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Justice’s OPR Clears FBI Agent and Ex-Acting U.S. Attorney of Wrongdoing in N.J. Press Conference

Dun Weysan/fbi photo

Weysan Dun/fbi photo

By Allan Lengel
ticklethewire.com

The Justice Department’s Office of Professional Responsibility has cleared New Jersey’s ex-acting U.S. Attorney and the former head of the Newark FBI of wrongdoing related to statements they made in 2009 at a press conference regarding a major public corruption indictment of more than 40 people, the Newark Star-Ledger reported.

The Justice Department concluded that ex-acting U.S. Attorney Ralph Marra and  Weysan Dun, who headed the FBI’s New Jersey office at the time, but now heads up the Omaha Division, acted properly, the Star-Ledger reported.

The Justice Department had been looking into allegations that the men stepped over the line when they made comments about the probe. Some accused them of making inflammatory comments to help boost ex-U.S. Attorney Chris Christe’s chances in his run for New Jersey governor, the Star-Ledger reported.  Christie won.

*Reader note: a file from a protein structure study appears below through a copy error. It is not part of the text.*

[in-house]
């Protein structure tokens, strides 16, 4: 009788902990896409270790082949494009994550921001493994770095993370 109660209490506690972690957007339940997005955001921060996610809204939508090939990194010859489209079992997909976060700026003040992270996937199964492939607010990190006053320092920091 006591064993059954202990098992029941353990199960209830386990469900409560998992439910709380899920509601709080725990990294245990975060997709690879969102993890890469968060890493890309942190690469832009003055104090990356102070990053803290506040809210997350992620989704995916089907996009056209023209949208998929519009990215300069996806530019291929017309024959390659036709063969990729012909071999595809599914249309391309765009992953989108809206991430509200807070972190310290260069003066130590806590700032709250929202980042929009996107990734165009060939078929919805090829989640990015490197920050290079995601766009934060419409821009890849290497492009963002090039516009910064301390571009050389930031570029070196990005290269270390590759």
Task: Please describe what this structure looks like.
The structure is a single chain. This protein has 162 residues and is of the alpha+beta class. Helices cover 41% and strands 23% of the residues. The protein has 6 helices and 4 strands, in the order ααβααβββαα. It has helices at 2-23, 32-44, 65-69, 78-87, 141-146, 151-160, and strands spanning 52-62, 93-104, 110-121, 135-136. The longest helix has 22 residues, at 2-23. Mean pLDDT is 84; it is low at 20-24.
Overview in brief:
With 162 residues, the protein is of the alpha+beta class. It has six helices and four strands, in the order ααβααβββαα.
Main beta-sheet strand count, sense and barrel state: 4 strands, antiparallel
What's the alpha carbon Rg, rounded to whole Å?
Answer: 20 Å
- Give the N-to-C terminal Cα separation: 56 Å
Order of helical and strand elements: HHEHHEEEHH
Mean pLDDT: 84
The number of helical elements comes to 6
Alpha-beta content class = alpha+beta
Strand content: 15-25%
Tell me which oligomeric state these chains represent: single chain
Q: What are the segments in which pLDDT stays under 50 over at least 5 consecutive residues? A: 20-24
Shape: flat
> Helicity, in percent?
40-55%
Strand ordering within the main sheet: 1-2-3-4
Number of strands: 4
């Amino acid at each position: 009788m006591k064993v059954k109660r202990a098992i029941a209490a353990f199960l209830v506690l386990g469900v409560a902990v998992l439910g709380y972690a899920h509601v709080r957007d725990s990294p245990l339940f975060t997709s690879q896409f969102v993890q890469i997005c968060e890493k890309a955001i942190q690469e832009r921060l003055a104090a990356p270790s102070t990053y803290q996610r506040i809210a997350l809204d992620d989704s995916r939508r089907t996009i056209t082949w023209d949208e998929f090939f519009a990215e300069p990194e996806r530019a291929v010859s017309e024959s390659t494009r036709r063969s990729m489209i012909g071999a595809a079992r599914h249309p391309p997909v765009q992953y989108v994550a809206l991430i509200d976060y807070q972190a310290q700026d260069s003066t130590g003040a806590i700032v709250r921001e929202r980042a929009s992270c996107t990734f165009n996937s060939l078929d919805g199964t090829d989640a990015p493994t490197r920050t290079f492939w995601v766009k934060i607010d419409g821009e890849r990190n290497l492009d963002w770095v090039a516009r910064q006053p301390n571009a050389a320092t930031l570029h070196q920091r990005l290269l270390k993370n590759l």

“The politicians willingly put themselves up for sale. For these defendants, corruption was a way of life. They existed in an ethics-free zone,” Mara said at the press conference, according to the paper.

The FBI’s Dun, remarked: “This case is not about politics. It is certainly not about religion. It is about arrogance and it is about a shocking betrayal of the public trust.”

The paper reported that a letter issued last week from the Justice Department’s Office of Professional Responsibility said:

“Based upon the results of our investigation, we concluded that you did not violate any professional obligation and thus did not commit professional misconduct or exercise poor judgment in this matter,” wrote Mary Patrice Brown, acting counsel for the office.

The paper reported that Justice Department guidelines say a prosecutor “shall refrain from making extrajudicial comments that pose a serious and imminent threat of heightening public condemnation of the accused.”

To read more click here.


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